Central Nervous System injuries remain the leading cause of morbidity and mortality for young people throughout the world. In 1998, 148,000 Americans died from various injuries. Traumatic brain injuries (TBIs) caused 50,000 deaths. The average incidence (combined hospitalization and mortality rates) is 95 cases per 100,000 population. Twenty-two percent of people who have a TBI die from their injuries. In addition, approximately 10,000-20,000 spinal cord injuries occur each year.
The risk of incurring a TBI is especially high among adolescents, young adults, and people older than 75 years. For all ages, the risk of TBI is twice as high for males as for females. Motor vehicle crashes, violence, and falls are the leading causes of TBI. Nearly two thirds of firearm-related TBIs are classified as suicidal in intent.
It is nearly impossible to separate football and concussions these days, particularly after a $1 billion legal settlement against the NFL. According to a USA Today story, the NFL expects as many as 6,000 retired players to suffer from Alzheimer’s disease or moderate dementia someday because of the hits to the head players experience.
The hitting in the NFL is often compared to being in a severe car crash.
But what if you really are in a severe car crash? Shouldn’t you be just as concerned?
Football players often try and shake off a hit and go back in the game, feeling like they can still play. The NFL now has doctors on the sidelines to specifically watch for concussion symptoms and to protect players from themselves.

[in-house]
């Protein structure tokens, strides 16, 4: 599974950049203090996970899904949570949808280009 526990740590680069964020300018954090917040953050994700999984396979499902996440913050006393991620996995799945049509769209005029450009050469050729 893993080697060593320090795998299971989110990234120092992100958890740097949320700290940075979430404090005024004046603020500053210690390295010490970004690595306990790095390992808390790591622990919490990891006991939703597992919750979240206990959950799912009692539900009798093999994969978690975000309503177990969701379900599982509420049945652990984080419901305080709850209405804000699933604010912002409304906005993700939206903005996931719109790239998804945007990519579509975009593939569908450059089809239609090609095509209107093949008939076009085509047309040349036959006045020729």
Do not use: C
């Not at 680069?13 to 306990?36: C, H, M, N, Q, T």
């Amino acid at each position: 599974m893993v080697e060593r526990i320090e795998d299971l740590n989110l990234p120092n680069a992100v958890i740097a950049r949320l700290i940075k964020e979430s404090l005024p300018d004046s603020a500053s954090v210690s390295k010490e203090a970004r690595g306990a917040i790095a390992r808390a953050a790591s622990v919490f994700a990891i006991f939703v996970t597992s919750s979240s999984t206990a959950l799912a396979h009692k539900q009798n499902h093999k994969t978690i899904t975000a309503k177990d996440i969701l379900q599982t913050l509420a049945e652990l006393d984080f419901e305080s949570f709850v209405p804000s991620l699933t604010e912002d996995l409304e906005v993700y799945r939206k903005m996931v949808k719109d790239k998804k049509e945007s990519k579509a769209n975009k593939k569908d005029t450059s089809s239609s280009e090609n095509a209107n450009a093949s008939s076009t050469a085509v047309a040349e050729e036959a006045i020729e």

The Texas Department of Transportation is focusing on child passenger safety this week.
According to the National Highway Traffic Safety Administration, 3 out of 4 child seats are improperly installed. Officials encourage caregivers to make an appointment for a free inspection at TxDOT’s 25 statewide district offices.
Students are headed back to school this week across Texas and that means fleets of big, yellow buses will be back on the roads.
According to an Aug. 6 report in the Killeen Daily Herald based on information from the Texas Education Agency, there have been 122,212 students involved in bus accidents statewide over the past five years. Those accidents involved nearly 10,000 school buses.
The National Highway Traffic Safety Administration warns that children are in more danger getting on or off the bus than when actually riding the bus. From 2003 to 2012, 174 school-age children died in school transportation related incidents and 119 of those were pedestrians.
No Distracted Driving, or NoDD, was created by Jeff Weinstein in 2010. As an attorney, Jeff has seen the destruction caused by distracted drivers first hand. His successful law practice in Athens was built by protecting the rights of those injured in catastrophic accidents and guiding devastated families through the legal maze that often follows.
But what Jeff would really like is for there to be no accidents in the first place.